First record of a gladius-bearing coleoid Teudopsis bollensis Voltz (Cephalopoda, Coleoidea) in the Toarcian of the Western Carpathians (Slovakia)
ABSTRACT A fairly complete and relatively well-preserved gladius of the vampyropod coleoid cephalopod Teudopsis bollensis Voltz is recorded from the Lower Toarcian succession of the Kysuca Unit in the Pieniny Klippen Belt of Slovakia. These sediments are represented by dark-grey and black shales laid down in an oxygen-depleted environment during the Toarcian Oceanic Anoxic Event and potentially represent the first Jurassic ‘Konservat-Lagerstätte’ in the Western Carpathians. The first reliable record of the Early Jurassic genus Teudopsis from this area notably extends its palaeogeographic distribution to the northwestern continental margin of the Tethys Ocean. The systematics, palaeogeography and stratigraphy are briefly discussed in a European context.
- SourceAvailable from: Dirk Fuchs[Show abstract] [Hide abstract]
ABSTRACT: Until today, gladii of loligosepiid vampyropods have been difficult to distinguished owing to their fragmentary state of preservation. Re-study of a large set of loligosepiids from different Lower Jurassic localities has shown that the preservation of growth lines is sufficient to provide an unambiguous determination. Especially the course of growth lines within the hyperbolar zone is a highly characteristic feature. Members of the Loligosepiidae (Loligosepia, Jeletzkyteuthis) display a deeply concave (V-shaped) hyperbolar zone. Members of the Geopeltidae, on the other hand, show weakly concave (Parabelopeltis), or even straightened (Geopeltis) growth lines. Gladii of Loligosepia can be distinguished from Jeletzkyteuthis by the transition lateral field/hyperbolar zone. The genus Loligosepia is characterised by abrupt backwards bent growth lines forming an elongated spine-like projection, whereas the transition is more arcuated in Jeletzkyteuthis. According to the present results, Loligosepia aalensis, Loligosepia bucklandi, Jeletzkyteuthis coriaceus, Geopeltis simplex, and Parabelopeltis flexuosa are re-described. In the course of taxonomic treatment, a lectotype of Jeletzkyteuthis coriaceus is designated and the morphologic independence of Parabelopeltis flexuosa reaffirmed. As can be inferred from the course of growth lines, Parabelopeltis and Geopeltis, members of the Geopeltidae, seems to be phylogenetically closest to Recent Vampyroteuthis infernalis.Neues Jahrbuch für Geologie und Paläontologie - Abhandlungen 06/2008; 249(1):93-112. · 0.92 Impact Factor
- [Show abstract] [Hide abstract]
ABSTRACT: The Pliensbachian–Toarcian interval was marked by major environmental disturbances and by a second-order mass extinction. Here, we reappraise the taxonomic, spatiotemporal and selective dynamics of extinctions over the whole interval, by analysing a high-resolution dataset of 772 ammonite species from NW Tethyan and Arctic domains. On average, 40–65% of ammonite species disappeared during each subchronozone, but higher extinction pulses (reaching 70–90%) prevailed from the Margaritatus to the Dispansum Chronozone. The main extinctions, corresponding to the Gibbosus, Pliensbachian–Toarcian boundary, Semicelatum, Bifrons–Variabilis, and Dispansum events, differed in their dynamics, suggesting episodes of ecological stress related to climate change, regression, disturbance in the carbon cycle or anoxia. The multi-pulsed volcanic activity in the Karoo–Ferrar province could well have triggered these ecological changes. In addition, ammonites experienced a morphological bottleneck during the Gibbosus event, 1 Ma before the Early Toarcian diversity collapse. Typically, drops in richness were related both to high extinctions and to declines in origination rates. This feature could result from strengthened ecological stresses related to the temporal overlap of environmental disturbances. After the Early Toarcian crisis, the recovery of ammonites was rapid (2 Ma) and probably influenced by a coeval marine transgression.Journal of the Geological Society 01/2010; 167:21-33. · 2.58 Impact Factor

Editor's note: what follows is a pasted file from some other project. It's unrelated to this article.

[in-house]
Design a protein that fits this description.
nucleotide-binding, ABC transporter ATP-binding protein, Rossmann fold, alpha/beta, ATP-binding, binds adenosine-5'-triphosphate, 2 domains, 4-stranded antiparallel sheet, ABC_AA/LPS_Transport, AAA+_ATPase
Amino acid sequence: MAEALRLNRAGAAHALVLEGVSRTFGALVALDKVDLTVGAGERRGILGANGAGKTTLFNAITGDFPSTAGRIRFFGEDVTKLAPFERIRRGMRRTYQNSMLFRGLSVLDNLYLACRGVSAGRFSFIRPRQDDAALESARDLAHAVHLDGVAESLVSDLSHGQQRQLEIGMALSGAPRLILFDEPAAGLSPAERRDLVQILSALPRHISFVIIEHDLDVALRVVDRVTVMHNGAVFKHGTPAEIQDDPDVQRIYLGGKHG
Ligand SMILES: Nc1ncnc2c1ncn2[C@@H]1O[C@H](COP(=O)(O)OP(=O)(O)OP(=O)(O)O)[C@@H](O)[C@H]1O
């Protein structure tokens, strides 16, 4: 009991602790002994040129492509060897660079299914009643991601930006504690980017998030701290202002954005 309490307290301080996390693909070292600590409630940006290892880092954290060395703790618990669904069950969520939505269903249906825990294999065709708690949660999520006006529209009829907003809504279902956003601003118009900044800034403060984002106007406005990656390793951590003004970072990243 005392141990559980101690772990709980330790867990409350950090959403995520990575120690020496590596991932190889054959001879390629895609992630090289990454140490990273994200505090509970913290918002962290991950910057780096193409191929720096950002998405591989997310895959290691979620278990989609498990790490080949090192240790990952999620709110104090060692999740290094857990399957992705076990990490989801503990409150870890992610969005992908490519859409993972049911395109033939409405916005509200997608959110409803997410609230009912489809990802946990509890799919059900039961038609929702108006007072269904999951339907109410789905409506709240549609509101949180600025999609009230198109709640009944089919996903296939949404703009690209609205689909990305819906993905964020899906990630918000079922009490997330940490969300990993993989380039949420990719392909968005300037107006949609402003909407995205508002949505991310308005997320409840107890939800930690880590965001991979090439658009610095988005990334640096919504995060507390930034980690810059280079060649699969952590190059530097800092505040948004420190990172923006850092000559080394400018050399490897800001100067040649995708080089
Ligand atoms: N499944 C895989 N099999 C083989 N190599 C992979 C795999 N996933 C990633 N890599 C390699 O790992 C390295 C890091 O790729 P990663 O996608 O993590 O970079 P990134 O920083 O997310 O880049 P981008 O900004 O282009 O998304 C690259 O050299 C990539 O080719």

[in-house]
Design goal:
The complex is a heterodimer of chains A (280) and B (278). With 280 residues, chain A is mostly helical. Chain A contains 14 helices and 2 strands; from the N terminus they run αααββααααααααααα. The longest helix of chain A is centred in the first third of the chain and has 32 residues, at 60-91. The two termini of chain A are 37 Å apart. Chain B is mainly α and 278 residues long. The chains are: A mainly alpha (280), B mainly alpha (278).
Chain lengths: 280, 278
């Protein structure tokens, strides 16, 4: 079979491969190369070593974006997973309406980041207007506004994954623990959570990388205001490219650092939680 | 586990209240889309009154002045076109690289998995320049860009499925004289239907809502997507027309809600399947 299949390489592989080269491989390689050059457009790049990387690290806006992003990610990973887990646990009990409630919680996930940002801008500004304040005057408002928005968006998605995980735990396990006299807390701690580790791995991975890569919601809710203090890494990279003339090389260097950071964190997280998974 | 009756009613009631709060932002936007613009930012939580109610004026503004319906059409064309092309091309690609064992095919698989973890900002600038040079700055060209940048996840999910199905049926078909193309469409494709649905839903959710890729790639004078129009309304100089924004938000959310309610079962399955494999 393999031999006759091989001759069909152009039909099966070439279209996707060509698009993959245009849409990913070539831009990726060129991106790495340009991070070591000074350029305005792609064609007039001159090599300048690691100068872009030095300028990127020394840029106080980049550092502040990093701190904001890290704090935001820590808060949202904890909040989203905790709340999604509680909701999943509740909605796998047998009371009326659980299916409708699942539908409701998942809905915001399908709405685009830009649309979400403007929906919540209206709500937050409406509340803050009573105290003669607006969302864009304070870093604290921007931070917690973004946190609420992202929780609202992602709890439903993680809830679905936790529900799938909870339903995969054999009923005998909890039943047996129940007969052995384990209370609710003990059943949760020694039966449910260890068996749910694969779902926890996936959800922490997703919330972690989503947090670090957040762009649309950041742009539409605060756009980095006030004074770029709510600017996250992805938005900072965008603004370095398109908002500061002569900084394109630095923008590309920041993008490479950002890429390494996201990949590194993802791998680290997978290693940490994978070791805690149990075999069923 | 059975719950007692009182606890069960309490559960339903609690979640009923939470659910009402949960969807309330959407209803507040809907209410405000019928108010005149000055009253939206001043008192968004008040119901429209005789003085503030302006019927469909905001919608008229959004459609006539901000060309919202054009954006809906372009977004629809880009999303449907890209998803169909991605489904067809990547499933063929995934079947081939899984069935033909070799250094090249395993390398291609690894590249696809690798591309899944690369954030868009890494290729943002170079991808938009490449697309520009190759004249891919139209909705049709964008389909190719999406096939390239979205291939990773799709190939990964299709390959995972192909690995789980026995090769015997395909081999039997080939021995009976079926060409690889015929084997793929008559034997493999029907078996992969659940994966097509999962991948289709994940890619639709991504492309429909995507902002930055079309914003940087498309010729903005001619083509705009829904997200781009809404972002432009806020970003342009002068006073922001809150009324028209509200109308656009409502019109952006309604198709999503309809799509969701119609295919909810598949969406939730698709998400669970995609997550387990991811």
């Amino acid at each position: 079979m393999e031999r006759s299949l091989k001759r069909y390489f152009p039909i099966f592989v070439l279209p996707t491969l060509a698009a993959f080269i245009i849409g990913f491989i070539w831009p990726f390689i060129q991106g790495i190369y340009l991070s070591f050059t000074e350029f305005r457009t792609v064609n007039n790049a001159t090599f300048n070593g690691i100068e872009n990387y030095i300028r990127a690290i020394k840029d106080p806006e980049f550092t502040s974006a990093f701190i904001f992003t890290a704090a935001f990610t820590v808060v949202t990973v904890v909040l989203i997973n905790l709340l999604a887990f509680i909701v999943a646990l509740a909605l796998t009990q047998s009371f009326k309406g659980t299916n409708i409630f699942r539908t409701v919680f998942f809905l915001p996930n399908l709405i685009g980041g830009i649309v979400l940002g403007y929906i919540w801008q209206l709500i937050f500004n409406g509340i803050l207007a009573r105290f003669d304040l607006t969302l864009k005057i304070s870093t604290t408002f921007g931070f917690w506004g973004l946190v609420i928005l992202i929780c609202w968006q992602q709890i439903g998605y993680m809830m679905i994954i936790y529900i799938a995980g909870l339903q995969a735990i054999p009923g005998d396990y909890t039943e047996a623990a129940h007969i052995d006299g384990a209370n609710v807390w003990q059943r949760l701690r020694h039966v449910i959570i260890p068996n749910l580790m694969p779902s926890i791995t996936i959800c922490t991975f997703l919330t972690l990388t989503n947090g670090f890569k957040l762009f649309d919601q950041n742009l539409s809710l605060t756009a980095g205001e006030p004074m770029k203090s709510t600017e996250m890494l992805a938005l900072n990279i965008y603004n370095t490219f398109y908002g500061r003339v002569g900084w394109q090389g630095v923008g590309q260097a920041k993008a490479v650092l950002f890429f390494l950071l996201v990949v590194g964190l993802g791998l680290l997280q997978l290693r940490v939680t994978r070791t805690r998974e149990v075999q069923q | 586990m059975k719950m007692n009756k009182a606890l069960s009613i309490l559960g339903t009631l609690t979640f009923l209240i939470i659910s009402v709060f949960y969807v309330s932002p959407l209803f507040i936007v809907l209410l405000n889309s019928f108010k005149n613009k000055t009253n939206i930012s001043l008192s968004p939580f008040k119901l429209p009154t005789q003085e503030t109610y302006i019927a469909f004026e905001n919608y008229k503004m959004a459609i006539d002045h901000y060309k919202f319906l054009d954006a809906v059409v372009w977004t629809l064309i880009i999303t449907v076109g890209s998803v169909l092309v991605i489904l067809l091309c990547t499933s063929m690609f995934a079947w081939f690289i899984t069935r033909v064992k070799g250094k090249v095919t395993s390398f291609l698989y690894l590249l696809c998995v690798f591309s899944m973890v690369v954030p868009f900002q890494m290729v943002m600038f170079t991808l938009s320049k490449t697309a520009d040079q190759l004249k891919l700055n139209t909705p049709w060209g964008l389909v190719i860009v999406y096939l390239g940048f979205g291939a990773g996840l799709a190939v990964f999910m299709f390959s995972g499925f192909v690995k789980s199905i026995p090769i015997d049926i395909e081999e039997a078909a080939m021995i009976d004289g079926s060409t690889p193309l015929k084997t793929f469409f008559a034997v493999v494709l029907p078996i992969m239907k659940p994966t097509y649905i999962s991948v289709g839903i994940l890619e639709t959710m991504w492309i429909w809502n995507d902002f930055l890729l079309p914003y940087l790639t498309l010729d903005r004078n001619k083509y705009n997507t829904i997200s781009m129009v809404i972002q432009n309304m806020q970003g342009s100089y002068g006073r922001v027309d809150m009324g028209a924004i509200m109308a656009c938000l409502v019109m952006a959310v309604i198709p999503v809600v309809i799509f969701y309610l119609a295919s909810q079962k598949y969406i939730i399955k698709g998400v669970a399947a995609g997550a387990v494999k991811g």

- [Show abstract] [Hide abstract]
ABSTRACT: H. 2007. Gladius shape variation in coleoid cephalopod Trachyteuthis from the Upper Jurassic Nusplingen and Solnhofen Plattenkalks. Acta Palaeontologica Polonica 52 (3): 575–589. Although the fossil record of coleoid cephalopods is generally poor, the Upper Jurassic Nusplingen and Solnhofen Plattenkalks have provided numerous well−preserved coleoids. Trachyteuthis hastiformis, a comparatively large vam− pyropod coleoid, was previously known to represent the sole species of its genus in Nusplingen and Solnhofen. However, morphological comparisons based on 50 specimens from different museum collections revealed two additional species: T. nusplingensis sp. nov. and T. teudopsiformis sp. nov. Both species lack the distinct spindle−shaped elevation on the gladius median field typical for T. hastiformis. T. nusplingensis sp. nov. is clearly characterised by a smooth median field and a more or less regular granulation on the dorsal gladius surface, whereas T. teudopsiformis sp. nov. can be easily dis− tinguished by the presence of a Teudopsis−like median keel and an extremely narrow granulation. Morphometric analyses have shown that length−width indices are ambiguous characters to differentiate between the three species. Phylogeneti− cally, the keeled and anteriorly pointed T. teudopsiformis sp. nov. can be linked with the Early Jurassic genus Teudopsis and the Late Cretaceous genus Glyphiteuthis. Dirk Fuchs [email@example.com−berlin.de], Theo Engeser [firstname.lastname@example.org−berlin.de], and Helmut Keupp [keupp@ zedat.fu−berlin.